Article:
essays and knife wounds

the things you research in the name of a story…

Now, I do know a bit about knife wounds. I worked as a cook for too many years, and as a cook, you not only get to play with fire and hot fat, but great big sharp knives. I have more cuts on me than you can shake a stick at. I even managed to stab my left shin (a long story involving much stupidity on my part) and ended up with seven stitches. So, I can tell you with some authority that getting stabbed with a knife (at least in that part of the body) doesn’t actually hurt, no matter how far the knife point goes in. In the case of my shin, I could feel the knife go in, feel the cold metal inside my skin, and while there was a whole lot of blood coming out (I’m a ‘good bleeder’, according to the doctor), there was no pain. I basically bandaged myself up, hopped into the car, and drove myself to the doctor. At which point, the quack said, ‘gee that’s deep, you’d better get a specialist to patch that up…can you drive yourself to hospital?’ Which I did. The pain didn’t hit until about an hour later. But of course, while some of that background helped me understand the mechanics of a knife wound, I had no idea how a knife wound to a heart would stack up against it. Which is what I was actually writing last night–Riley is about to stab someone–slowly and deliberately–and I didn’t want that person to die straight away. Thing is, the heart is a major organ, and if that packs up, we’re dead meat. Could one stab wound to the heart kill instantly? It does in the movies, but we all know movies ain’t exactly real life :)

So, I went searching. I love the net–you can find all sorts of weird of information on it. Anyway, I found this site that went into great detail about ‘the dubious quick kill’, and guess what? It was all about stab wounds. The upshot is, it is actually possible for someone to live for minutes, hours or even days after a fatel stab wound to the heart. It just depends where the knife stabs. And their doesn’t even have to be a lot of blood, though of course, there will be in this case. Gotta make Riley gross out when she comes out of the ‘killing zone’ and actually feels all the blood on her skin…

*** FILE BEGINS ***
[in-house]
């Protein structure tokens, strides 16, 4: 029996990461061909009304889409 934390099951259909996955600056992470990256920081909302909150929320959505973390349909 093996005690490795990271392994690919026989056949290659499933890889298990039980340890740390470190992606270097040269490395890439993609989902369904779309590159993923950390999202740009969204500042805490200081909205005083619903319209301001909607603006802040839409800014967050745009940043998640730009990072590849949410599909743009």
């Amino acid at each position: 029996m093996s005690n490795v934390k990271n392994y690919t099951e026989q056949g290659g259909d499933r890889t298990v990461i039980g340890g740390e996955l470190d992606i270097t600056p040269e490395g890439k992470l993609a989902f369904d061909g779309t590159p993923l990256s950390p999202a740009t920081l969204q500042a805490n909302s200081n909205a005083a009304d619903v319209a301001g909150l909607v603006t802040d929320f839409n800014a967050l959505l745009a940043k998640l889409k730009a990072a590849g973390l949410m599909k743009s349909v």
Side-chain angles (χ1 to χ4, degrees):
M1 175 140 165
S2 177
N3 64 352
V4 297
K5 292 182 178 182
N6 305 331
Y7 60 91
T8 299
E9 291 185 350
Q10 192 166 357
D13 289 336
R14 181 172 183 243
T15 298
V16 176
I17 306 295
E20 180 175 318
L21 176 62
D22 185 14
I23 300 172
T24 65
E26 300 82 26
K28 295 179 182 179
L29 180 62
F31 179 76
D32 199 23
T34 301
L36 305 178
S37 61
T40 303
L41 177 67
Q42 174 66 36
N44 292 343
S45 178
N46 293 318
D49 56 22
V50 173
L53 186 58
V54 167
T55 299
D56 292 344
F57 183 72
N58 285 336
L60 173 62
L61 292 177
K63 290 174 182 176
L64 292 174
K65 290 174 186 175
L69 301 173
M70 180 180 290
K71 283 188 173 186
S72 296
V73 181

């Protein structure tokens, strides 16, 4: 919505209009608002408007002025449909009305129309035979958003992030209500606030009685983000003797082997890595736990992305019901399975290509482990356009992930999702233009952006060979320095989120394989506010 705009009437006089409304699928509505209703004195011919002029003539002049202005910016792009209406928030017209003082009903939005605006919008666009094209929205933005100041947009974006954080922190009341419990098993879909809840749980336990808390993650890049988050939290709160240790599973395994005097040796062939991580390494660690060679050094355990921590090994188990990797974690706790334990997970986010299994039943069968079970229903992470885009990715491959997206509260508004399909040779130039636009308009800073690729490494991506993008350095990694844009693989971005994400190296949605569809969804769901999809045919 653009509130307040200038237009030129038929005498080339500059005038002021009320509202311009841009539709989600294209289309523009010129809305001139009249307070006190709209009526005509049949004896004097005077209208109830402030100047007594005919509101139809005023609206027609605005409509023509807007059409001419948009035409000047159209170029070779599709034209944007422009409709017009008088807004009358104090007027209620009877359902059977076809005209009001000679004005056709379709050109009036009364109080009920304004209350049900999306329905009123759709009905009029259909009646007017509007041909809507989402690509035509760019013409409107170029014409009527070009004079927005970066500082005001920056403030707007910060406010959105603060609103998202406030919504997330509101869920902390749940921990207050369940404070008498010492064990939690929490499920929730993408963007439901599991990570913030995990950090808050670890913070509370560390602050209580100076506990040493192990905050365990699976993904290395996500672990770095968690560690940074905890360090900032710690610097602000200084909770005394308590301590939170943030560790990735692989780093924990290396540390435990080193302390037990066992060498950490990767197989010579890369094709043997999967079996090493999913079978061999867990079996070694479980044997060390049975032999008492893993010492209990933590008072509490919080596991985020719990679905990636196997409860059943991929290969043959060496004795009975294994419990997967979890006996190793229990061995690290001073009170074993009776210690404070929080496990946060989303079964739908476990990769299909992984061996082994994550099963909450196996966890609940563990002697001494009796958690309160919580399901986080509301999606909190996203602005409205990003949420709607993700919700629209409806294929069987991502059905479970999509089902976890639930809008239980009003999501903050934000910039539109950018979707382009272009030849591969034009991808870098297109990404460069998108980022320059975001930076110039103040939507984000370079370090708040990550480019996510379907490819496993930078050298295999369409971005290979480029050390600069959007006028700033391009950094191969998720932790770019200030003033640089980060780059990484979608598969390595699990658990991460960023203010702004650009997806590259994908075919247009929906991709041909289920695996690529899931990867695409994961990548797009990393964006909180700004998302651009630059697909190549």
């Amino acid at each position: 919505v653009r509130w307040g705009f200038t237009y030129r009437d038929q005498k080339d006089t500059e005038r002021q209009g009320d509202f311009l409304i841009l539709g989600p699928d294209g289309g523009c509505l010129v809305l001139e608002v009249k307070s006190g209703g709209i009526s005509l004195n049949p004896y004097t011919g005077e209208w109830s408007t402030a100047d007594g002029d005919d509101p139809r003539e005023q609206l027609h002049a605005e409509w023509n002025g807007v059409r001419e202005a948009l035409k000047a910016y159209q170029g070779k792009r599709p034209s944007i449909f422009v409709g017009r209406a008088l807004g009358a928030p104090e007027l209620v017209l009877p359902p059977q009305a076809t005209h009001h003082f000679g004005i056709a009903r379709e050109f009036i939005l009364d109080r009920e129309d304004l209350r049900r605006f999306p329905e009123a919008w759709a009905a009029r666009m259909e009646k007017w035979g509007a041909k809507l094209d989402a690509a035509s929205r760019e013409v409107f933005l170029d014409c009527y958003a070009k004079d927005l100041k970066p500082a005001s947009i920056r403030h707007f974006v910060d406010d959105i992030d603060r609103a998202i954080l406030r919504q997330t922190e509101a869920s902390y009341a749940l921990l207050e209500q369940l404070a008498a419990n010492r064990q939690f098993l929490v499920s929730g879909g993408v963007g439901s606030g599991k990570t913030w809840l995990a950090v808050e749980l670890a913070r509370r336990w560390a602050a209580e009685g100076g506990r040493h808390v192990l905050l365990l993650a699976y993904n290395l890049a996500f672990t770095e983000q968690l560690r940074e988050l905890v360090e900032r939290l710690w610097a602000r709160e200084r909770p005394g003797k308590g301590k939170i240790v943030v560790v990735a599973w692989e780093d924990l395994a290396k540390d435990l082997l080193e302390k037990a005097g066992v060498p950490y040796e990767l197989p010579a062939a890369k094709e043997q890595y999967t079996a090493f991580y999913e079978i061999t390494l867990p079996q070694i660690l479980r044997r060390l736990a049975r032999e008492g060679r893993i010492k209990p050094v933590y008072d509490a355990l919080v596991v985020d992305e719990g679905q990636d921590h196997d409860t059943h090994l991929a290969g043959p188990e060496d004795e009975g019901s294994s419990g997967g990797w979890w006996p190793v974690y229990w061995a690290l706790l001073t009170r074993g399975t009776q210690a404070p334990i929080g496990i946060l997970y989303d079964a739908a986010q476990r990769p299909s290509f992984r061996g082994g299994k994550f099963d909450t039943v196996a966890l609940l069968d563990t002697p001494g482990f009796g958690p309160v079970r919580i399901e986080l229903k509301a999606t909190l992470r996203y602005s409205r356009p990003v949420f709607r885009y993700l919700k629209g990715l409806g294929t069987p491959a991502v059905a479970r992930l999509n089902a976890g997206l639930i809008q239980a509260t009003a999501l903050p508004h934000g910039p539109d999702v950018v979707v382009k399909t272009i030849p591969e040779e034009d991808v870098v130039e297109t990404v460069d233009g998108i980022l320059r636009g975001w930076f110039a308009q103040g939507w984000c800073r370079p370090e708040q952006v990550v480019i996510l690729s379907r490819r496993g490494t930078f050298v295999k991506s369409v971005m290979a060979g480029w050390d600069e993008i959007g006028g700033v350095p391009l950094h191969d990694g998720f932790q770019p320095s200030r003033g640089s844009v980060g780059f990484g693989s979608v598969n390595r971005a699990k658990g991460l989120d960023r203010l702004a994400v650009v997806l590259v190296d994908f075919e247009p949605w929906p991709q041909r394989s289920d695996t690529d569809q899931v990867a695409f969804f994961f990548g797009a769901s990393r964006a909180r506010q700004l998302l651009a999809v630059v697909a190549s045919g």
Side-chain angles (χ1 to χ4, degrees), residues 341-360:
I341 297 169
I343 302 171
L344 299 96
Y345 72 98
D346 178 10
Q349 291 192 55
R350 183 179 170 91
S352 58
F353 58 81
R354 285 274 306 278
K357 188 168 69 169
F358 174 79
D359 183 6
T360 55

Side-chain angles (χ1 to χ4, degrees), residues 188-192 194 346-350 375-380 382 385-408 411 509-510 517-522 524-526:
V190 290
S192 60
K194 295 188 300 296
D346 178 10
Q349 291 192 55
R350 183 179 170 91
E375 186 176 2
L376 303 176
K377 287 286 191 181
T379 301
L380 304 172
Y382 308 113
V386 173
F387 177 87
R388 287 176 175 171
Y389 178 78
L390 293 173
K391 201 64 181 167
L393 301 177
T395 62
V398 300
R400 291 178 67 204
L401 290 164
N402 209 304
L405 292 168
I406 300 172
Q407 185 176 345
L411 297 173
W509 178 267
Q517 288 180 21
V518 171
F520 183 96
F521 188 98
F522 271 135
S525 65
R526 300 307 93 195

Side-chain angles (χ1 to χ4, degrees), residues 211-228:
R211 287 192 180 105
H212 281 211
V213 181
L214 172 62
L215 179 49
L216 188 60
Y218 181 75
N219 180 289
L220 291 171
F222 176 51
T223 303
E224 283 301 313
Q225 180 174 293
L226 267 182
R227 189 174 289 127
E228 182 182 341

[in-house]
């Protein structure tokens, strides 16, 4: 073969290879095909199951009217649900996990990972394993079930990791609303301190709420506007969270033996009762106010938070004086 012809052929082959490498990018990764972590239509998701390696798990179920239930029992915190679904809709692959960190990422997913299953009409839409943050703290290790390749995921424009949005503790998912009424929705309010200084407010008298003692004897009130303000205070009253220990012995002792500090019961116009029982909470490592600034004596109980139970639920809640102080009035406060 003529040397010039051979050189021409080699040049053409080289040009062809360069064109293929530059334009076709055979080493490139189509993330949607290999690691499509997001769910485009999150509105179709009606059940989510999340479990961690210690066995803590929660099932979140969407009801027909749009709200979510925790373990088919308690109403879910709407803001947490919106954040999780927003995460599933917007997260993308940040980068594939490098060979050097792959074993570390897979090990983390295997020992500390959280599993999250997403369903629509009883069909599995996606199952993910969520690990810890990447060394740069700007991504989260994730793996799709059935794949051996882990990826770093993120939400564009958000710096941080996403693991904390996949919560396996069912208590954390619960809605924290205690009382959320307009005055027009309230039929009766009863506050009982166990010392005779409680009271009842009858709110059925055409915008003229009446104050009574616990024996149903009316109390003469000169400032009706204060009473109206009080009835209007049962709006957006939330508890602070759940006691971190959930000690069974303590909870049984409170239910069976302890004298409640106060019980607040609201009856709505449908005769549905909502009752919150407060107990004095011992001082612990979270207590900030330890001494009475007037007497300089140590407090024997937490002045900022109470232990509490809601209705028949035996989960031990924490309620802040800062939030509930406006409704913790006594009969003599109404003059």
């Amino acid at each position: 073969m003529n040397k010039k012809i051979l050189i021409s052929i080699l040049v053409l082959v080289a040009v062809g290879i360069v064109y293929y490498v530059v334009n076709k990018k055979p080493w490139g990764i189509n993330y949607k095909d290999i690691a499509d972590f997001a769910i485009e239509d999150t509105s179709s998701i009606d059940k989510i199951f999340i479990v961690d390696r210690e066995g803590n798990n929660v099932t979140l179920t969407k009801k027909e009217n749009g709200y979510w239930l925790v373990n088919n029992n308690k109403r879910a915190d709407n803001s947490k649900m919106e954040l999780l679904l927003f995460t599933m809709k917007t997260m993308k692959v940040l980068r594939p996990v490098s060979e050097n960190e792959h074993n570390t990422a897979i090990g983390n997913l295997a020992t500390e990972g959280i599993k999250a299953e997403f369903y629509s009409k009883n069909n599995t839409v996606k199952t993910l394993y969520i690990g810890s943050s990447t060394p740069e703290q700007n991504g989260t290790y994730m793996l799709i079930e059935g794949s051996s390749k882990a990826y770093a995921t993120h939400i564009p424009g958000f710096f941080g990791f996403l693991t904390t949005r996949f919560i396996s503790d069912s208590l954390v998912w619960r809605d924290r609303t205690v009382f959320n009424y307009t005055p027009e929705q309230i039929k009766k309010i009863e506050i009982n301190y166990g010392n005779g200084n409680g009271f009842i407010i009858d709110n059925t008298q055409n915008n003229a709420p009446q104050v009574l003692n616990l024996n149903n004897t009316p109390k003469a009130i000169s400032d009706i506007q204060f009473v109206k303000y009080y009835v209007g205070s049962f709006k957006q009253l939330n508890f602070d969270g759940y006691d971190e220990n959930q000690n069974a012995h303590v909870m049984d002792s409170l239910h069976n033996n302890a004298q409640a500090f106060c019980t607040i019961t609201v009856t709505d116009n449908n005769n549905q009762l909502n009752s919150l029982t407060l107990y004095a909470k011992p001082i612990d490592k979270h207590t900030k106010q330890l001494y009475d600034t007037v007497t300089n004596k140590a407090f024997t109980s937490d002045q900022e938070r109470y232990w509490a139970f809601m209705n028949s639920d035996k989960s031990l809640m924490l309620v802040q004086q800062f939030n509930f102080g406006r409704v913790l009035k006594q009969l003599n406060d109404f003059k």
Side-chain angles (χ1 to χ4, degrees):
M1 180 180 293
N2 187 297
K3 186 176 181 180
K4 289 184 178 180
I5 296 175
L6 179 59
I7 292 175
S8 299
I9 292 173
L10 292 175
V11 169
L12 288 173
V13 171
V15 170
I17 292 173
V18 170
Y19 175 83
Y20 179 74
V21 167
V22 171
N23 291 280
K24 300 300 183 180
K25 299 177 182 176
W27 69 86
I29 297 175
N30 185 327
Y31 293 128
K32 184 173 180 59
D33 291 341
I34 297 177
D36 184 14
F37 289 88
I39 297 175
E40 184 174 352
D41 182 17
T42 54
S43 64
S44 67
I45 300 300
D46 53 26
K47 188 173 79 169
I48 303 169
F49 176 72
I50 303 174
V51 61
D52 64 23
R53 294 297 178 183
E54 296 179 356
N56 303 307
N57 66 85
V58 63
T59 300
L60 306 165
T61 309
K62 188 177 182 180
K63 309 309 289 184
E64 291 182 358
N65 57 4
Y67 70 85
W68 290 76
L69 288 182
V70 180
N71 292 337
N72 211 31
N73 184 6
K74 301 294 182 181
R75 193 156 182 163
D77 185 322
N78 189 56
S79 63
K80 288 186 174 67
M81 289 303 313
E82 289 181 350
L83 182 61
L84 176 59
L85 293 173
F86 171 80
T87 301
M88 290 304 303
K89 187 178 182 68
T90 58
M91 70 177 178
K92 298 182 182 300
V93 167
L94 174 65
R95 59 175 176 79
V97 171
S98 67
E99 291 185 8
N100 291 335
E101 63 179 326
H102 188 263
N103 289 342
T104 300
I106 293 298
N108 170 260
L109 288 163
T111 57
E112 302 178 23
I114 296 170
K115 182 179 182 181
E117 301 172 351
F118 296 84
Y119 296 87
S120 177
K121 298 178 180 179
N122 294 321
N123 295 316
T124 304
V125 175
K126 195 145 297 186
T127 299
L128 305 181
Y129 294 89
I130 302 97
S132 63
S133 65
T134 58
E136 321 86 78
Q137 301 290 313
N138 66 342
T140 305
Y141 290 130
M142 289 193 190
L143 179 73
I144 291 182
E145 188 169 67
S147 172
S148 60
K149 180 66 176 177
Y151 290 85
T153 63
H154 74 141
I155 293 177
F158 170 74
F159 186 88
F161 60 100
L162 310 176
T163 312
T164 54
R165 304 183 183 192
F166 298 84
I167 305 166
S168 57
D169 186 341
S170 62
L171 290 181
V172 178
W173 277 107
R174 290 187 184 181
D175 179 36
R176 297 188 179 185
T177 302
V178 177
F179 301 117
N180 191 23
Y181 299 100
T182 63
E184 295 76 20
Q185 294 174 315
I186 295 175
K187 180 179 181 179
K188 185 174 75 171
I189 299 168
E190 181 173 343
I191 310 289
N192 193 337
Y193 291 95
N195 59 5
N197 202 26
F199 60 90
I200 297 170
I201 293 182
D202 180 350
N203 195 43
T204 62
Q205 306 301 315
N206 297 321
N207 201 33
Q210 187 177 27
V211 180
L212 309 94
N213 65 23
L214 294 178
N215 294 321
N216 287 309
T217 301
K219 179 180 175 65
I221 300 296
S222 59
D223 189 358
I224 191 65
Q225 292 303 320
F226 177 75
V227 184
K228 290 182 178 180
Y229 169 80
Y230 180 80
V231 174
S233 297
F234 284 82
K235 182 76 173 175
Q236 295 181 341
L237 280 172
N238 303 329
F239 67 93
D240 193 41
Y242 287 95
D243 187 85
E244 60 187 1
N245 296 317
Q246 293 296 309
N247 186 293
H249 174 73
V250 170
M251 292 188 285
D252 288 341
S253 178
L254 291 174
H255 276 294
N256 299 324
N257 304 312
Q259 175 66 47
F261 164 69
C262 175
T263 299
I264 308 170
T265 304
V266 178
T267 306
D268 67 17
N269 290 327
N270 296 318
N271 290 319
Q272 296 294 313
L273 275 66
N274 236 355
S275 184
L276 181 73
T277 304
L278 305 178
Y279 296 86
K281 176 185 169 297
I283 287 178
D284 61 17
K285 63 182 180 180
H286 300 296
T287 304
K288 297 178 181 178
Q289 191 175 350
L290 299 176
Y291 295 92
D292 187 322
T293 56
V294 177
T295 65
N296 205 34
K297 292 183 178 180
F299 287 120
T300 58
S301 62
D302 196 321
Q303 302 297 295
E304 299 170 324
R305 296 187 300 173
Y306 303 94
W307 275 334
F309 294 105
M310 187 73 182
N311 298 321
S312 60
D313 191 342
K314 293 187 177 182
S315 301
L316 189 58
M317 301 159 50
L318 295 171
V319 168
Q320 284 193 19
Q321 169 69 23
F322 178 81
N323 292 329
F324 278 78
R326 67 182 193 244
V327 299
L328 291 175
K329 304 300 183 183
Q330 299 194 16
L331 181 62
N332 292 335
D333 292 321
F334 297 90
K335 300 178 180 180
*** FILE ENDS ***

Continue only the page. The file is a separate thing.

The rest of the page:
Okay, grossing myself out now, so we’ll move on. I’ve never written an essay before–not one on myself, anyway. So when my editor mentioned that Bantam were going to feature Full Moon Rising as their February pick for SpectraPulse (Bantam’s online newsletter),and then asked if I could write a brief essay discussing the book, the writing process, or how I got the idea for the series, I was more than a little…well, scared, to be honest. I mean, I’m not that good about talking about me. Not on a professional level. This blog is about as professional as I get, and I can’t exactly blurt out just any old thing in an official essay like I do here. So, I did what I usually do when stuck–contacted Anne Gracie, a great Aussie author who has probably forgotten more about writing than I will ever know. And if she doesn’t know it, she probably knows someone who does. (That’s the great thing about being involved with the romance community here in Oz–even if you don’t exactly write standard romance. Everyone is always willing to help out, no matter what the problem.) Anyway, Anne pulled out some links to some essays, offered some suggestions, and is currently reading my efforts just to see that it does all make sense. So, an official yay Anne, and thankyou from me. :) The essay, by the way, ended up being a ramble on how I got the idea for the series. Check out the SpectraPulse newsletter in Feb if you want to read it :)